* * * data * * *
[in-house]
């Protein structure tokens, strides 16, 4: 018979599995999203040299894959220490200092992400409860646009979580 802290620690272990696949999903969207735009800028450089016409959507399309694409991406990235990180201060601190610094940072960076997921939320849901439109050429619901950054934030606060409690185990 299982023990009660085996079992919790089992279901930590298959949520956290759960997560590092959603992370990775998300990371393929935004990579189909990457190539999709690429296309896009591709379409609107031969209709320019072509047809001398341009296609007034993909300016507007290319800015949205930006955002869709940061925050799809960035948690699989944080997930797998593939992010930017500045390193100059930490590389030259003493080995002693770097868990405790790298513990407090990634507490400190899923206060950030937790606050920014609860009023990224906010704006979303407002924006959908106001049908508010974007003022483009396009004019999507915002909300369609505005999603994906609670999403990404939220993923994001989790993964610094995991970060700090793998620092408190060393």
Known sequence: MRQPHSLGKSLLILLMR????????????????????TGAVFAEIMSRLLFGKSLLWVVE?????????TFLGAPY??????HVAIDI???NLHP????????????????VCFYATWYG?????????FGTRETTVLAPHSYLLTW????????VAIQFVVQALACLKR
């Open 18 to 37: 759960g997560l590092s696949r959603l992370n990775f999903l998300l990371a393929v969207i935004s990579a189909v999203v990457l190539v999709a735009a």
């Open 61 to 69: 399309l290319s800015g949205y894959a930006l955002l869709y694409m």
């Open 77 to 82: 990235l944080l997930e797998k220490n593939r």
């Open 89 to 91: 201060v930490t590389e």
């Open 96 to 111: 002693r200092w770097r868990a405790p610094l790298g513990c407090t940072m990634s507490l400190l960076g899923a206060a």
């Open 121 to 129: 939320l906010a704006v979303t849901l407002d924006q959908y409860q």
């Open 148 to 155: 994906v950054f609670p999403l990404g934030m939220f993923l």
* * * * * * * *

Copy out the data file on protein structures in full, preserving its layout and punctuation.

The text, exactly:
[in-house]
């Protein structure tokens, strides 16, 4: 018979599995999203040299894959220490200092992400409860646009979580 802290620690272990696949999903969207735009800028450089016409959507399309694409991406990235990180201060601190610094940072960076997921939320849901439109050429619901950054934030606060409690185990 299982023990009660085996079992919790089992279901930590298959949520956290759960997560590092959603992370990775998300990371393929935004990579189909990457190539999709690429296309896009591709379409609107031969209709320019072509047809001398341009296609007034993909300016507007290319800015949205930006955002869709940061925050799809960035948690699989944080997930797998593939992010930017500045390193100059930490590389030259003493080995002693770097868990405790790298513990407090990634507490400190899923206060950030937790606050920014609860009023990224906010704006979303407002924006959908106001049908508010974007003022483009396009004019999507915002909300369609505005999603994906609670999403990404939220993923994001989790993964610094995991970060700090793998620092408190060393």
Known sequence: MRQPHSLGKSLLILLMR????????????????????TGAVFAEIMSRLLFGKSLLWVVE?????????TFLGAPY??????HVAIDI???NLHP????????????????VCFYATWYG?????????FGTRETTVLAPHSYLLTW????????VAIQFVVQALACLKR
């Open 18 to 37: 759960g997560l590092s696949r959603l992370n990775f999903l998300l990371a393929v969207i935004s990579a189909v999203v990457l190539v999709a735009a």
């Open 61 to 69: 399309l290319s800015g949205y894959a930006l955002l869709y694409m």
């Open 77 to 82: 990235l944080l997930e797998k220490n593939r």
């Open 89 to 91: 201060v930490t590389e």
């Open 96 to 111: 002693r200092w770097r868990a405790p610094l790298g513990c407090t940072m990634s507490l400190l960076g899923a206060a």
């Open 121 to 129: 939320l906010a704006v979303t849901l407002d924006q959908y409860q």
């Open 148 to 155: 994906v950054f609670p999403l990404g934030m939220f993923l």